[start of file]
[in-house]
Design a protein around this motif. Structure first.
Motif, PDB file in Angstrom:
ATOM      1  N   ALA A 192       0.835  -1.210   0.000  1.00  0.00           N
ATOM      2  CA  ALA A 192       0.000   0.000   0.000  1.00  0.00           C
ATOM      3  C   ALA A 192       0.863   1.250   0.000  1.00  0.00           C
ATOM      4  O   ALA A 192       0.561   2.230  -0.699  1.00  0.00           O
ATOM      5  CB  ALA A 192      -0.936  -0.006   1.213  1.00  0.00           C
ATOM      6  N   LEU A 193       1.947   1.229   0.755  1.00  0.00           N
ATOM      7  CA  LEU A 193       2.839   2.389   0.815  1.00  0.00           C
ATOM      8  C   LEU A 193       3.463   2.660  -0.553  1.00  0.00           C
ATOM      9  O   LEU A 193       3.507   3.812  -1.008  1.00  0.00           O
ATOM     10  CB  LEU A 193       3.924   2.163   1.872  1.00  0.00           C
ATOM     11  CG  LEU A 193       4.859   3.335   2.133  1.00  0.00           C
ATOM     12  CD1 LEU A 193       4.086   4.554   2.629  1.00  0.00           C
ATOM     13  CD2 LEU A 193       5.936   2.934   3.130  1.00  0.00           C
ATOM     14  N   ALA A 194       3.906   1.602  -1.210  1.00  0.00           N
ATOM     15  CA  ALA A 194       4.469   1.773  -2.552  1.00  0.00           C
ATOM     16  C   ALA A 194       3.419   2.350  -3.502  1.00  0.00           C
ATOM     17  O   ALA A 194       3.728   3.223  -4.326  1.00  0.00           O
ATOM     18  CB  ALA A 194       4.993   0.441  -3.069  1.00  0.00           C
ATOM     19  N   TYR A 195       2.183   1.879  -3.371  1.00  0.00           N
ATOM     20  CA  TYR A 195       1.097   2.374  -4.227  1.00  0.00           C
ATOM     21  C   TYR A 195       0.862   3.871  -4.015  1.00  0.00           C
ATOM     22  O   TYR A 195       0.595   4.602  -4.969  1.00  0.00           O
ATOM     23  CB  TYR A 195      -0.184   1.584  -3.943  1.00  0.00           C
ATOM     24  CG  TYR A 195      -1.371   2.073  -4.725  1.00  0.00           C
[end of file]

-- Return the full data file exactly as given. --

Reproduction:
[in-house]
Design a protein around this motif. Structure first.
Motif, PDB file in Angstrom:
ATOM      1  N   ALA A 192       0.835  -1.210   0.000  1.00  0.00           N
ATOM      2  CA  ALA A 192       0.000   0.000   0.000  1.00  0.00           C
ATOM      3  C   ALA A 192       0.863   1.250   0.000  1.00  0.00           C
ATOM      4  O   ALA A 192       0.561   2.230  -0.699  1.00  0.00           O
ATOM      5  CB  ALA A 192      -0.936  -0.006   1.213  1.00  0.00           C
ATOM      6  N   LEU A 193       1.947   1.229   0.755  1.00  0.00           N
ATOM      7  CA  LEU A 193       2.839   2.389   0.815  1.00  0.00           C
ATOM      8  C   LEU A 193       3.463   2.660  -0.553  1.00  0.00           C
ATOM      9  O   LEU A 193       3.507   3.812  -1.008  1.00  0.00           O
ATOM     10  CB  LEU A 193       3.924   2.163   1.872  1.00  0.00           C
ATOM     11  CG  LEU A 193       4.859   3.335   2.133  1.00  0.00           C
ATOM     12  CD1 LEU A 193       4.086   4.554   2.629  1.00  0.00           C
ATOM     13  CD2 LEU A 193       5.936   2.934   3.130  1.00  0.00           C
ATOM     14  N   ALA A 194       3.906   1.602  -1.210  1.00  0.00           N
ATOM     15  CA  ALA A 194       4.469   1.773  -2.552  1.00  0.00           C
ATOM     16  C   ALA A 194       3.419   2.350  -3.502  1.00  0.00           C
ATOM     17  O   ALA A 194       3.728   3.223  -4.326  1.00  0.00           O
ATOM     18  CB  ALA A 194       4.993   0.441  -3.069  1.00  0.00           C
ATOM     19  N   TYR A 195       2.183   1.879  -3.371  1.00  0.00           N
ATOM     20  CA  TYR A 195       1.097   2.374  -4.227  1.00  0.00           C
ATOM     21  C   TYR A 195       0.862   3.871  -4.015  1.00  0.00           C
ATOM     22  O   TYR A 195       0.595   4.602  -4.969  1.00  0.00           O
ATOM     23  CB  TYR A 195      -0.184   1.584  -3.943  1.00  0.00           C
ATOM     24  CG  TYR A 195      -1.371   2.073  -4.725  1.00  0.00           C